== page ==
CTRL + Page Down Navigates to the following worksheet
CTRL + Page Up Moves to the preceding worksheet

In this case, the GIF below shows the steps to switch between the two worksheets.

navigation keys in excel throughout worksheets

Read More: How to Navigate Between Sheets in Excel (8 Easy Methods)

4. Utilizing Scroll Lock Feature

Furthermore, another nifty feature of Excel is the Scroll Lock option which allows us to scroll large spreadsheets without having to lose track of the active cell.

Keys Action
Scroll Lock then, Up/Down Arrow Shifts up/down by one row
Scroll Lock then, Left/Right Arrow Moves left/right by a unit row
Scroll Lock then, CTRL + Left/Right Arrow Navigates left/right by one window
Scroll Lock + CTRL + Arrow Keys Scrolls across large distances

📌 Steps:

  • Initially, hit the Scroll Lock button to enable this feature.

📃 Note: As a note, when Scroll Lock is enabled, the text “Scroll Lock” appears in the Status Bar.

Utilizing Scroll Lock Feature to Navigate

  • In turn, press the CTRL + Right Arrow (➡) key as shown in the image below.

Navigating with Scroll Lock enabled

  • Not long after, the screen moves to the right side by one page.

  • In addition to this, see the steps in the GIF for a live demonstration.

navigation keys in excel with Scroll Lock

Read More: How to Navigate Large Excel Spreadsheets (10 Useful Techniques)

5. Employing Scroll Bars

Alternatively, we can also employ the Scroll Bars to navigate through rows and columns in an Excel worksheet.

Keys Action
Left Scroll BarRight Scroll Bar Moves across one column left or right
Up Scroll BarBottom Scroll Bar Shifts through one row up or down
Horizontal Scroll BarVertical Scroll Bar Dragging the horizontal and vertical scroll bars scrolls through large distances
Mouse Wheel Moving the mouse wheel forward or backward scrolls up or down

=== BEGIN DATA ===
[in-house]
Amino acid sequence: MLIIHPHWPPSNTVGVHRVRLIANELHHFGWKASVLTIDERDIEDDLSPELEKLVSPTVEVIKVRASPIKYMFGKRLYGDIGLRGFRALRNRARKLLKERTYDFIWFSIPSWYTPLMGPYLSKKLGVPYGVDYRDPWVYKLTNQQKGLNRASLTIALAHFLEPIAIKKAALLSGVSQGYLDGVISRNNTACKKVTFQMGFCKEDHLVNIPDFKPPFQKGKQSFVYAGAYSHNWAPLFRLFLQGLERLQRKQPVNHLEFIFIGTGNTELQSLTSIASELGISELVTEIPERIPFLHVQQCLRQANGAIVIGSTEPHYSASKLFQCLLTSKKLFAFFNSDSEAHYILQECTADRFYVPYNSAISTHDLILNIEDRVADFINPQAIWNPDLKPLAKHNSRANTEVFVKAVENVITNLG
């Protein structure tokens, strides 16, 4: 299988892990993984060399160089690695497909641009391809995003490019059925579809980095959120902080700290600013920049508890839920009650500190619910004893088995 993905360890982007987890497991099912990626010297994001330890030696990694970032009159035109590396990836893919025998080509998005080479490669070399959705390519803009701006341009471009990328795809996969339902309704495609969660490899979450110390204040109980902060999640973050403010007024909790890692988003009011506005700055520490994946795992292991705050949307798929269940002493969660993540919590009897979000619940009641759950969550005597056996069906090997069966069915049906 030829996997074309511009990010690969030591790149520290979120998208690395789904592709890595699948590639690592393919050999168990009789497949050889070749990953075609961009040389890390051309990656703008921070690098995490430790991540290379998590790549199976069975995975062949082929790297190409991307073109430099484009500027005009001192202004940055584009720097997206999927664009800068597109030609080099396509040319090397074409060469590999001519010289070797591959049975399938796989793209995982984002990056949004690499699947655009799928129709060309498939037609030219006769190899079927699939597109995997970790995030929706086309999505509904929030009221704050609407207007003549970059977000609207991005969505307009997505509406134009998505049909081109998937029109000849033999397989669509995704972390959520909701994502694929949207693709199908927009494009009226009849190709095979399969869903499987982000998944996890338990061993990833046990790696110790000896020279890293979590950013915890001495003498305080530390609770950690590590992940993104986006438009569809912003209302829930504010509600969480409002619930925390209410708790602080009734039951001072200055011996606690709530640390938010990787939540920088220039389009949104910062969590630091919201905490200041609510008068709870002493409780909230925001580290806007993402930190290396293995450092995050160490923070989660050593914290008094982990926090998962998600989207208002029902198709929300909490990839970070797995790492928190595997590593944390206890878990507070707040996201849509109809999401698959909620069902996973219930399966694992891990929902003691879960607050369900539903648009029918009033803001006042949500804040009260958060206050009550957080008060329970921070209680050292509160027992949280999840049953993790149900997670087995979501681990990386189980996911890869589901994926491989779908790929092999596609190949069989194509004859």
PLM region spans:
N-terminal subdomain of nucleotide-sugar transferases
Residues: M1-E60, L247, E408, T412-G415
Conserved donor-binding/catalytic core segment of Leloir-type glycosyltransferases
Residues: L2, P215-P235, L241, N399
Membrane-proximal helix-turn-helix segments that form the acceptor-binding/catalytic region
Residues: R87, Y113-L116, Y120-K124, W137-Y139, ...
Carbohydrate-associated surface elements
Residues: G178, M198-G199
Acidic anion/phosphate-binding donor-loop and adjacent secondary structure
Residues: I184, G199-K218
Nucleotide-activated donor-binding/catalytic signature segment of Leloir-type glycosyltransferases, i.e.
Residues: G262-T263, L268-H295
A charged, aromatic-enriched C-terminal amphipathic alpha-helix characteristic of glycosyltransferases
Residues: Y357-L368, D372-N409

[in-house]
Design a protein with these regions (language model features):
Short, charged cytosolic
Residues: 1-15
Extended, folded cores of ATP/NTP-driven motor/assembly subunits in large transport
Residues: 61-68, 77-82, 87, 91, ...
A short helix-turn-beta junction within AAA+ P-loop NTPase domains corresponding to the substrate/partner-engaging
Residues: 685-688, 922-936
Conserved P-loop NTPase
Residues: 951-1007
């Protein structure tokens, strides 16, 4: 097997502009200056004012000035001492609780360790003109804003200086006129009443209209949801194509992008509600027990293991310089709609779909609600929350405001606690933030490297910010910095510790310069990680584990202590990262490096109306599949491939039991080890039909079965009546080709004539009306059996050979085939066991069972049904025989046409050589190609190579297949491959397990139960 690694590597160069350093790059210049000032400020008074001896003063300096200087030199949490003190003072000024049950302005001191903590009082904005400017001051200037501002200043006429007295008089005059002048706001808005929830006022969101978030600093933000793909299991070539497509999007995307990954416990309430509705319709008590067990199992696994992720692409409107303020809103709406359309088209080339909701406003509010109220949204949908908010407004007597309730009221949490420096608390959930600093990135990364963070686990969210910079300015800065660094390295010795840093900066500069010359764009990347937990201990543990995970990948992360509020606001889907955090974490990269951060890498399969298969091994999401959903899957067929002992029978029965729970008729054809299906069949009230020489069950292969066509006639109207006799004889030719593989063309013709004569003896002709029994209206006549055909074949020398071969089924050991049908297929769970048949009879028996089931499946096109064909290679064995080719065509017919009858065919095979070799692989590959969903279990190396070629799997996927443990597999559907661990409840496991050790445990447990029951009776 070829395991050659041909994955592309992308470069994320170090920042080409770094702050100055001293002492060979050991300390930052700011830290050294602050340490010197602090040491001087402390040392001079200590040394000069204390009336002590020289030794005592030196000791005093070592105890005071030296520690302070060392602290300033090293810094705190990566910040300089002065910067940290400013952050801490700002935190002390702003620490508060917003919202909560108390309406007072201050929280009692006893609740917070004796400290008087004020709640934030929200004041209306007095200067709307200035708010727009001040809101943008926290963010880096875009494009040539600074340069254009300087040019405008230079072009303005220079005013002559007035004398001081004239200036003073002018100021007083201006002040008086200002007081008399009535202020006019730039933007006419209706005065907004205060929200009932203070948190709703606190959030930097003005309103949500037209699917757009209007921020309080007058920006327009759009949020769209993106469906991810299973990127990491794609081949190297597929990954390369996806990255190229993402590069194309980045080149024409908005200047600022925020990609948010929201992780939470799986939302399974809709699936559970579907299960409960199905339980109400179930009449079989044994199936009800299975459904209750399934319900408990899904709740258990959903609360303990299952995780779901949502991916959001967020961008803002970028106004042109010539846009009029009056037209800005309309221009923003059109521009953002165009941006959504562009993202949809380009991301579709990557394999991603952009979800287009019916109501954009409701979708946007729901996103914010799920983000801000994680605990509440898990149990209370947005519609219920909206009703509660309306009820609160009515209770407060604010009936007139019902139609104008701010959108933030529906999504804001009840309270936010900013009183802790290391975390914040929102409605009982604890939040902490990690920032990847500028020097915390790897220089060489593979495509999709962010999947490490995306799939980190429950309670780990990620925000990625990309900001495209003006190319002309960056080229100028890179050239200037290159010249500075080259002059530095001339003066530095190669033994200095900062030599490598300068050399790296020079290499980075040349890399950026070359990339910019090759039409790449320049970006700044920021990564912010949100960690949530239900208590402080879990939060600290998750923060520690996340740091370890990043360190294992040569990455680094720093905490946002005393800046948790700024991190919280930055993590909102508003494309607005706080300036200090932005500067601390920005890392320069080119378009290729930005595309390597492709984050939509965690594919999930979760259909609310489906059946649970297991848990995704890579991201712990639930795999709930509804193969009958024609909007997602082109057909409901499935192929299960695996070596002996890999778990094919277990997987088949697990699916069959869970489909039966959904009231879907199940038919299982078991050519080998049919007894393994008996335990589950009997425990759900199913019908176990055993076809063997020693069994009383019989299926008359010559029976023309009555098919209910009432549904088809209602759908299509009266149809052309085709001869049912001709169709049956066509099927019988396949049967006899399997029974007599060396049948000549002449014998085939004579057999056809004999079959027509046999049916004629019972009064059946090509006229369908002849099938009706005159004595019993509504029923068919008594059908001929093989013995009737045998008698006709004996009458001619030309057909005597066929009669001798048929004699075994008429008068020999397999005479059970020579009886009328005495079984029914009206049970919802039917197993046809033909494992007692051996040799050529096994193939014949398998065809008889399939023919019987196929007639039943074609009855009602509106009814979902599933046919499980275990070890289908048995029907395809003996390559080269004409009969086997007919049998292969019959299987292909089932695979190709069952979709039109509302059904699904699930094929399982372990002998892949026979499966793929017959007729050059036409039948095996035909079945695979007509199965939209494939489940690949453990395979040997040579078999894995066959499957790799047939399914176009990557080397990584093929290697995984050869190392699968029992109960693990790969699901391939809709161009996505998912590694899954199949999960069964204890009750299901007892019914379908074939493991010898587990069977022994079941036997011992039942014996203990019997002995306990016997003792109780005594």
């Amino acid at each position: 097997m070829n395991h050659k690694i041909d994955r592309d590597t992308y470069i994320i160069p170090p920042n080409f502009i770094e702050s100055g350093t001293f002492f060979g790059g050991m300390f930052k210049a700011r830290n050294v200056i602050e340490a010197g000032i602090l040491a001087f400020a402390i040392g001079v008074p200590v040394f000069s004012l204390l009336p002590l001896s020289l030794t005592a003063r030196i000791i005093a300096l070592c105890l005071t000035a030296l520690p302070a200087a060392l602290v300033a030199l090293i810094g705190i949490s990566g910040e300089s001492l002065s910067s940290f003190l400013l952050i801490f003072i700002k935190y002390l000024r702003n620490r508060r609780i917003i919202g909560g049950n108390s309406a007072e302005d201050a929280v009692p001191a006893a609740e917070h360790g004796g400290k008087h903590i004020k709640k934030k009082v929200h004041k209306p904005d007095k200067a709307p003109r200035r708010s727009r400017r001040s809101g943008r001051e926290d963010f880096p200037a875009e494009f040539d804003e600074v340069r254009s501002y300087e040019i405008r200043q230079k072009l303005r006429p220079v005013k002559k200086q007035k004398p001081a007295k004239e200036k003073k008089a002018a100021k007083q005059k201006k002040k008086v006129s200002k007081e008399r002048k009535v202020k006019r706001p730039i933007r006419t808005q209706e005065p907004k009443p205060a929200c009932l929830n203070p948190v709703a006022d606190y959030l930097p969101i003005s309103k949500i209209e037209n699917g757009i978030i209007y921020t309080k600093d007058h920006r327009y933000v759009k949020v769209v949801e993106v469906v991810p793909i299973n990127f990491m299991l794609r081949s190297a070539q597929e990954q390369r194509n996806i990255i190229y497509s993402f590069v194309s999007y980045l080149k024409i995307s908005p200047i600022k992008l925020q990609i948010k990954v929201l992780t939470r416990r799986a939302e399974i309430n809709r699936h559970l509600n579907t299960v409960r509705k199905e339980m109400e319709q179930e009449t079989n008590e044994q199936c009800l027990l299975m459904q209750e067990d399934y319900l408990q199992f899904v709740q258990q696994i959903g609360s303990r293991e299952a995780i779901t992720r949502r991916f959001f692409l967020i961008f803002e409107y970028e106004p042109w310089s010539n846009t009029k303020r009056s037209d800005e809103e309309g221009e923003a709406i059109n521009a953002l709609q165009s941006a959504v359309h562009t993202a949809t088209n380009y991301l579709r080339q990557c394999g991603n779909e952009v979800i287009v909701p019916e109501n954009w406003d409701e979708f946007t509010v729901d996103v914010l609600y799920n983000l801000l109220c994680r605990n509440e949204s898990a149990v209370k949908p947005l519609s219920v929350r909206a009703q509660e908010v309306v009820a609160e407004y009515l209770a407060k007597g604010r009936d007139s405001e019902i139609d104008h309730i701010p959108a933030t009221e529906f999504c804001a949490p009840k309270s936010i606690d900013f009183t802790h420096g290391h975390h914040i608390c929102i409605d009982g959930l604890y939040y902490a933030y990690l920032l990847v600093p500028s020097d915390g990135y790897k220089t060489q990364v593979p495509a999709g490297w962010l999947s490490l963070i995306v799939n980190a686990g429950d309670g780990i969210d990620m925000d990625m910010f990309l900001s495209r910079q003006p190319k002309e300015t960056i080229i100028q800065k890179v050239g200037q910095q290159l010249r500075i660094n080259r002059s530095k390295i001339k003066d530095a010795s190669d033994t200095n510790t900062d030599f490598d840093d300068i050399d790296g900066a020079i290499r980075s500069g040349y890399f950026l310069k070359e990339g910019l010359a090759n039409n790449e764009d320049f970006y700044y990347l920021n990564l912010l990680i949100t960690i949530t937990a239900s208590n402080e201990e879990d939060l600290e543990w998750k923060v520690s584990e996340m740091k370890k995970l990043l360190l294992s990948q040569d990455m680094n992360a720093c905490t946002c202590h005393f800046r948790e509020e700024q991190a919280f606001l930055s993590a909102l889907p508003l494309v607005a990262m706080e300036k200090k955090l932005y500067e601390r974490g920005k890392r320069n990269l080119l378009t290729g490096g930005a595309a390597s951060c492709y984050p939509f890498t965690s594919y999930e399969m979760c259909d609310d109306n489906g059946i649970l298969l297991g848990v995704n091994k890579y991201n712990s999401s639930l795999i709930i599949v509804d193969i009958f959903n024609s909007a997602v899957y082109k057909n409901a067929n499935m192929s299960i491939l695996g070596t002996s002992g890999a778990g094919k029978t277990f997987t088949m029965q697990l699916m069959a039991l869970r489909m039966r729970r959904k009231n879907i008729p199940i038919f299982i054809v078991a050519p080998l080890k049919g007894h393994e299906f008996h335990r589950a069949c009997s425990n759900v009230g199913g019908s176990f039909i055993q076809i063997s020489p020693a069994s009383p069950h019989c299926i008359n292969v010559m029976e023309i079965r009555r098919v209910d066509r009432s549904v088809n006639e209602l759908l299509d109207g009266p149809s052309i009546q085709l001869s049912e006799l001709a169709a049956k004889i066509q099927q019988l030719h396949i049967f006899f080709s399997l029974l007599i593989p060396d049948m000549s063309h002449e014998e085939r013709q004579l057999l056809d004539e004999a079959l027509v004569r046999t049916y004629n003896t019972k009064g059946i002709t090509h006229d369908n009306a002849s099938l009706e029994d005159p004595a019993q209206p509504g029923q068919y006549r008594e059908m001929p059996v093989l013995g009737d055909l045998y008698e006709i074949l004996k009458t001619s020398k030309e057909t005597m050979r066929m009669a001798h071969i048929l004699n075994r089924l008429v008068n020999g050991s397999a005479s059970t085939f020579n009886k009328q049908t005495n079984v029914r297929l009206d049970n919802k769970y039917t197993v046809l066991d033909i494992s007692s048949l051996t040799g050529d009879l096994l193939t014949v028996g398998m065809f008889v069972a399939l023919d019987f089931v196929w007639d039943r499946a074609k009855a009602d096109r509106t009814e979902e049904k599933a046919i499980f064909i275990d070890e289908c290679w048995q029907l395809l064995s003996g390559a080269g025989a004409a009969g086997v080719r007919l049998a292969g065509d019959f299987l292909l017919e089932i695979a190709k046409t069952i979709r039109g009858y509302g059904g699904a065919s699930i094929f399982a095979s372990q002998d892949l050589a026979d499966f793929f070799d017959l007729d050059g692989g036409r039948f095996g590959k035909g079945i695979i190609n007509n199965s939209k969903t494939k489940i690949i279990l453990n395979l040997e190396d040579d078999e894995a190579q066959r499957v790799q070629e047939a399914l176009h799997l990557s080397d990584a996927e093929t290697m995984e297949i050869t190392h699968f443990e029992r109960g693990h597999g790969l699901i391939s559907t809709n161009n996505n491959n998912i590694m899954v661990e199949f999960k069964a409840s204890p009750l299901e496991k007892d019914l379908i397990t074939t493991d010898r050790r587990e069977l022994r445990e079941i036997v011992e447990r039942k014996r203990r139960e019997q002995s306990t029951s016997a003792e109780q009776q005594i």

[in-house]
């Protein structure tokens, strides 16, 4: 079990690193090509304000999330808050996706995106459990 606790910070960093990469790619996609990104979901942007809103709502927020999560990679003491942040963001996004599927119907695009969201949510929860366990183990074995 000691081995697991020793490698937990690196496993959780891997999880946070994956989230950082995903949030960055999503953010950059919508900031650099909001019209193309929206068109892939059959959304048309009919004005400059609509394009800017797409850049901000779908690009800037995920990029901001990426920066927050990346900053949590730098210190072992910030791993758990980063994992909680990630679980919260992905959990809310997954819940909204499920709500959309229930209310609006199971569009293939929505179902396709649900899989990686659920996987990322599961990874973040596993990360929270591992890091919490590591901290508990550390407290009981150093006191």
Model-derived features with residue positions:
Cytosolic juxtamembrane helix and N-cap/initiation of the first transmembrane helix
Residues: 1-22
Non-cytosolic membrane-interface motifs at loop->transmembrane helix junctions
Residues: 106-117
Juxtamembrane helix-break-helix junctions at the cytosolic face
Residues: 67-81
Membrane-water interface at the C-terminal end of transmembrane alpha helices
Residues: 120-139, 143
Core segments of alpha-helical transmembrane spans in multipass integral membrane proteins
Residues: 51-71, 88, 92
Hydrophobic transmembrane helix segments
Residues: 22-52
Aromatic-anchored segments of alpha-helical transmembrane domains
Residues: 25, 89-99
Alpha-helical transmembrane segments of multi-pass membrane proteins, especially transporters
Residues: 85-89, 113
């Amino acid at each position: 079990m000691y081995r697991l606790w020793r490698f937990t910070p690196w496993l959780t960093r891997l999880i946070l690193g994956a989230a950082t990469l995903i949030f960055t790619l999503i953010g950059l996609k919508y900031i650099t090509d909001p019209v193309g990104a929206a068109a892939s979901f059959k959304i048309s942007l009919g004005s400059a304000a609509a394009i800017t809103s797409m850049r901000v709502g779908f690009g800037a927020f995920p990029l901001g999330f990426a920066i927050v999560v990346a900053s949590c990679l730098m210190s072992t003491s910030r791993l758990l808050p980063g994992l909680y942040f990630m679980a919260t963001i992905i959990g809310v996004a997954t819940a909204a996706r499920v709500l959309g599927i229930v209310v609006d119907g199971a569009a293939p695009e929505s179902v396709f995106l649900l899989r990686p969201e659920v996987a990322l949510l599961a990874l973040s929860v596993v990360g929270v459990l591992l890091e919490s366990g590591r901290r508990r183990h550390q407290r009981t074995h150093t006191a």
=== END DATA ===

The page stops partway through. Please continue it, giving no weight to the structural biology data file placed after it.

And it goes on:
Apart from this, the animated GIF below also shows the above steps.

navigation keys in excel with Scroll Bars

6. Applying Mouse Wheel to Scroll and Zoom

For one thing, we can also control various other aspects of zooming and scrolling in Excel with the help of the Mouse Wheel, as shown below.

Keys Action
CTRL + SHIFT + Mouse Wheel Moves the window to the left or right
Click Mouse Wheel Pan across the spreadsheet
CTRL + Mouse Wheel Zooms in or out of the worksheet

📌 Steps:

  • To begin with, hold down the CTRL button >> move the Mouse Wheel forward.

Applying Mouse Wheel to Scroll and Zoom

Subsequently, this increases the zoom to “115%” as shown by the Zoom Indicator.

Zoomed in

Furthermore, if you wish, you may follow the steps in real time from the GIF below.

navigation keys in excel using mouse wheel

What to Do If Navigation Keys Are Not Working in Excel

Last but not least, have you faced a scenario where the navigation keys don’t work? Then, you’re in luck, since the following section describes how to fix this issue. Now, allow us to demonstrate the process in the steps below.

📌 Steps:

  • At the very beginning, check whether the Scroll Lock option is active, as indicated in Excel’s Status Bar.

📃 Note: Now, if the Scroll Lock is on, then a light corresponding to it glows on the keyboard.

What to Do If Navigation Keys Are Not Working in Excel

Consequently, the GIF below shows the problem when the Scroll Lock is on, while switching it off resumes the normal behavior of the navigation keys.

Fixing navigation keys in excel

Admittedly, we’ve skipped some of the relevant ways to fix navigation keys not working, which you may explore if you wish.


To sum up, we hope this article helps you understand the basics of how to use navigation keys in Excel. Now, if you have any queries, please leave a comment below. And, you can read more articles like this on our website, ExcelDemy.

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Eshrak Kader

Eshrak Kader

Hello! Welcome to my Profile. I completed my BSc. at Bangladesh University of Engineering & Technology from the Department of Naval Architecture & Marine Engineering. Currently, I am conducting research & posting articles related to Microsoft Excel. I am passionate about research & development and finding innovative solutions to problems.